Volume 23 (Spring and Summer 2005) – New Brunswickers at War

Officers' Quarters Volume 23 (Spring and Summer 2005) - New Brunswickers at War

Officers’ Quarters Volume 23 (Spring and Summer 2005) – New Brunswickers at War

“From the Editor’s Desk …” (page 3)

“A Case of Justifiable Homicide” by Robert Dallison (page 5)

Article provides information about the role played by Black Loyalists in the American Revolutionary War; and in particular focuses on a Loyalist-owned slave named Harry. In August 1782, there was a trial of nine Negro men who were accused of murdering Cornelius Niffee of Bergen, New Jersey. Blacks who were accused of violence against whites would seldom receive due process. For at least the next 150 years, at least, a lynch mob would swiftly deal with such occurrences.

“A Silver Cross Comes Home” by Robert L. Dallison (page 9)

The medal is a Memorial Cross more commonly known as a Silver Cross was donated by the estate of Elizabeth J. Walton. The cross was issued for service in the First World War to Charles McCoy.

“‘New Brunswick’s Navy’ at War, 1939-1945” by Marc Milner (page 11)

During the Second World War the Royal Canadian Navy (RCN) moved beyond its traditional use of famous people, battles, geographical features, and naming its vessels after cities, towns, and villages. 22 out of 300 plus named warships in the RCN between 1939 and 1945 were named for places in New Brunswick; such as for example, Moncton, Sackville, St. Croix, Shediac, and Buctouche.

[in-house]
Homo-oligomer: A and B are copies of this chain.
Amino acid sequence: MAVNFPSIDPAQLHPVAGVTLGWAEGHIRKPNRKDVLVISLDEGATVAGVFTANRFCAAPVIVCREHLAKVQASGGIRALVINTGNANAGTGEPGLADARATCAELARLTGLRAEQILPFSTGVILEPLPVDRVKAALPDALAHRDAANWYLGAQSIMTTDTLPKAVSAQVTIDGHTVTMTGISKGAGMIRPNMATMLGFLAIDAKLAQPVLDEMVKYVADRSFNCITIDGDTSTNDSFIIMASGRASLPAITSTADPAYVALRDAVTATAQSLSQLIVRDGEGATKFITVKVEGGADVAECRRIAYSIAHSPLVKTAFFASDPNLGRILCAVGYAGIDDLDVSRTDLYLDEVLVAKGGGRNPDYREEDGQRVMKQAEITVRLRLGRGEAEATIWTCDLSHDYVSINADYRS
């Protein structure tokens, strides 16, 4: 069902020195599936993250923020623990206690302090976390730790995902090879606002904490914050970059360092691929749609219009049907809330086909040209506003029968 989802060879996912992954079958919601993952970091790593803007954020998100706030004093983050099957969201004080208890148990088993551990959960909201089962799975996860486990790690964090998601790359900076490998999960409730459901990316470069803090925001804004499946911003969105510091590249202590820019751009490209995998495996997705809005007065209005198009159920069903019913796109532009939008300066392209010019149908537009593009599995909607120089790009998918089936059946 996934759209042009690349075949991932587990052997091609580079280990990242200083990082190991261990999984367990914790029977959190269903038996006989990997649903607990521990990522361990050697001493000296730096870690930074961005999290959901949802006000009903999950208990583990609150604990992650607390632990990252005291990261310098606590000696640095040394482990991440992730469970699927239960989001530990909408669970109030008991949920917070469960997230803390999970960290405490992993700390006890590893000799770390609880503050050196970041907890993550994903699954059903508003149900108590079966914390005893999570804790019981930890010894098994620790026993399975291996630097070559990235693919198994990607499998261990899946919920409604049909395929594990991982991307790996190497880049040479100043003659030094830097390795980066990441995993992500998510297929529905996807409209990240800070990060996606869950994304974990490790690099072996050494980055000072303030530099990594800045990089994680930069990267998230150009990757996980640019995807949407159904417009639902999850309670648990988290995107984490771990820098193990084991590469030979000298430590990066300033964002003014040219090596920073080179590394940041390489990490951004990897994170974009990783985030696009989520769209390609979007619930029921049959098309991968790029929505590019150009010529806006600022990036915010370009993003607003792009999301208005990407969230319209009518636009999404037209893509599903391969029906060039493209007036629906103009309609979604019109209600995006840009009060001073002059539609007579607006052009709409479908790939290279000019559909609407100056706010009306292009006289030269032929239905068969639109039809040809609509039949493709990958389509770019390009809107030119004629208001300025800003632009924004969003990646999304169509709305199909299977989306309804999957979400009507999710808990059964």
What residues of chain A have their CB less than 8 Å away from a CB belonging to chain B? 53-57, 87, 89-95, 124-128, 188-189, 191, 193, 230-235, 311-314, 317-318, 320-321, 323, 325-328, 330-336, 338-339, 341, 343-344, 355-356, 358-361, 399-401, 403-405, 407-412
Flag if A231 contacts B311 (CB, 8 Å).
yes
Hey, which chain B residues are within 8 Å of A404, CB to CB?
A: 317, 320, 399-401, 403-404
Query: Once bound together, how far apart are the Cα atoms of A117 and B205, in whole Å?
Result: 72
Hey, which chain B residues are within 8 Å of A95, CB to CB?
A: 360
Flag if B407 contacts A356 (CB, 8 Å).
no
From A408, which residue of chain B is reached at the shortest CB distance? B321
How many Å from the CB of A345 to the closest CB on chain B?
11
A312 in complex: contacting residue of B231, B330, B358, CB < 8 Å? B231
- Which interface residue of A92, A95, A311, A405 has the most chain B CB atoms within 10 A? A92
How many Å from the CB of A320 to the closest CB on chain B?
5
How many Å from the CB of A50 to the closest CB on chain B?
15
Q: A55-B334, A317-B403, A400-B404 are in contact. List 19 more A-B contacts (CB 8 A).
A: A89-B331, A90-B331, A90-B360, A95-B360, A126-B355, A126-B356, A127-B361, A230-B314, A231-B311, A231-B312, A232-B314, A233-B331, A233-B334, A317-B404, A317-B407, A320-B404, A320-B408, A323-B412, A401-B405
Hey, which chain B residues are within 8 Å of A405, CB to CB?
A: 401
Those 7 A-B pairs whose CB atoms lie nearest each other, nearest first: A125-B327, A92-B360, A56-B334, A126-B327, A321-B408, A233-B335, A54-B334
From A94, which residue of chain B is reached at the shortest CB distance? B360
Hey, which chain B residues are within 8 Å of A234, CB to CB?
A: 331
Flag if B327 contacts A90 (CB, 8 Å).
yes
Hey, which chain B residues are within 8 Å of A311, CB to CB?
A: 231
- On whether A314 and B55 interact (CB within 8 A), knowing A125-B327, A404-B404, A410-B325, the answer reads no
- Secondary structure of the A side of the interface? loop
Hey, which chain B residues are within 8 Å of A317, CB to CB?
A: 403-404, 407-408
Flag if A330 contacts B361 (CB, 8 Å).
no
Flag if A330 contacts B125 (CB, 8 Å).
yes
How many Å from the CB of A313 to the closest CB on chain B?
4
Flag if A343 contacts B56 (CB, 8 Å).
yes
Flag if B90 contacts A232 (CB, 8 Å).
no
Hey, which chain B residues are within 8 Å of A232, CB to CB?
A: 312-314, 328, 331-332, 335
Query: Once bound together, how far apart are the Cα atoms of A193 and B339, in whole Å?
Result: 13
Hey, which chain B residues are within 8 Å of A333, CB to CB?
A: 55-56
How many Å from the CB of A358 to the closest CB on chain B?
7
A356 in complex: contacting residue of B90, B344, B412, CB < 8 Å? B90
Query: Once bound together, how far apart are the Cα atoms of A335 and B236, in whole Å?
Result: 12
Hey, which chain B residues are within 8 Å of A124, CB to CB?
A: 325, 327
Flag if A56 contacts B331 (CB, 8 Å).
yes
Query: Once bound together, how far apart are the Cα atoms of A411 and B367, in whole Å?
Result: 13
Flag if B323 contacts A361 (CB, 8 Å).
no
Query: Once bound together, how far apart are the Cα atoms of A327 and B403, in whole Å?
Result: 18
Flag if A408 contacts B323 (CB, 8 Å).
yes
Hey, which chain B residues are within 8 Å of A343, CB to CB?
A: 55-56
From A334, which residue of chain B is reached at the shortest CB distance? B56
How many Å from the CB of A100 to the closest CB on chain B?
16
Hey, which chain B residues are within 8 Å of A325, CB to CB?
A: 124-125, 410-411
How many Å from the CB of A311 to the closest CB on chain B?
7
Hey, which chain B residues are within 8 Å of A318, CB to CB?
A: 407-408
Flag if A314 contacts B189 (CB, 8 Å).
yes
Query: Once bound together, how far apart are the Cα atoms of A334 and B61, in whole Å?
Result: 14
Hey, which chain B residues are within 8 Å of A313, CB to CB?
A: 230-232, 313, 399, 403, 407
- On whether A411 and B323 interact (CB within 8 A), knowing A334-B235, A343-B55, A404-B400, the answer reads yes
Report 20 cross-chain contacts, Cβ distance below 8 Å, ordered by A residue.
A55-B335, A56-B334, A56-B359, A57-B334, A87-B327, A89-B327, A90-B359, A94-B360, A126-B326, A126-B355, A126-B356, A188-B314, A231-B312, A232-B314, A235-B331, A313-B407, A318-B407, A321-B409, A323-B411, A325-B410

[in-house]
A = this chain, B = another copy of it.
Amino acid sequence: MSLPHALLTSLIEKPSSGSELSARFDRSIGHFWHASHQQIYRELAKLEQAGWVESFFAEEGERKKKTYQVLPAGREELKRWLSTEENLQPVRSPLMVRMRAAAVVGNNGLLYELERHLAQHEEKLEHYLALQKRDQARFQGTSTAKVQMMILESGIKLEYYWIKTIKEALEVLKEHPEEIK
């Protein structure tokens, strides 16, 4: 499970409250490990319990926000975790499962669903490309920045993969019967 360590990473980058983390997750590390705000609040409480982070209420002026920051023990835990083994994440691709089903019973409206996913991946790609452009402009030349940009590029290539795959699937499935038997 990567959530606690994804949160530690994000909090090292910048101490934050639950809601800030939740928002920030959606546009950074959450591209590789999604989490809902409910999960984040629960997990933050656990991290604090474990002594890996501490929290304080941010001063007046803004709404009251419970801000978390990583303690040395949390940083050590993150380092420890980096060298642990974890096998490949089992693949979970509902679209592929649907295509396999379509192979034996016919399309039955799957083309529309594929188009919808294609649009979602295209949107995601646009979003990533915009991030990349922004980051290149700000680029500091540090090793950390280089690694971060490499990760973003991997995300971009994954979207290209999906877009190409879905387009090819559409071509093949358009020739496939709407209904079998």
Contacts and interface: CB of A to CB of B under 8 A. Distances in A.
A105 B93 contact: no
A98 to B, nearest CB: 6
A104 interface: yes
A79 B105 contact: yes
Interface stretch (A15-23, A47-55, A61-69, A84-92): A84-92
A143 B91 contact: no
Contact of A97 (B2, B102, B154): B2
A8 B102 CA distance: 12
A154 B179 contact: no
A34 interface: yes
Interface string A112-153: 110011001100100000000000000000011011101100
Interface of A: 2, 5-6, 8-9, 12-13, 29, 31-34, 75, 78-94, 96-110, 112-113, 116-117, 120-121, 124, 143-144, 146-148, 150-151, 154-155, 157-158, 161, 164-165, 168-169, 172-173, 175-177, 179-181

“David Dickson Remebrances of World War II” by Pat Flemming (page 18)

David Dickson provides a soldiers’ recollection of the war, in which he enlisted in the Canadian Army in 1940 at the age of 19. He served overseas for five years. Justice Dickson returned to the University of New Brunswick after the war and in 1964 he was appointed to the Supreme Court of New Brunswick, until he retired in 1994.

“Remebrances of Former War Enemies Who Became Friends: The initiatives from both sides The Outstretched Hand translated from the German by Vincent Erickson (page 22)

This is the unlikely relationship of two one-time enemies during WW II. As an attempt at reconciliation, they dedicated a plaque in memory of their fallen comrades on both sides.

“Around the Society” by Donna Wallace (page 24)

“Report on the 2003-4 Programmes” by Vincent Erickson (page 25)


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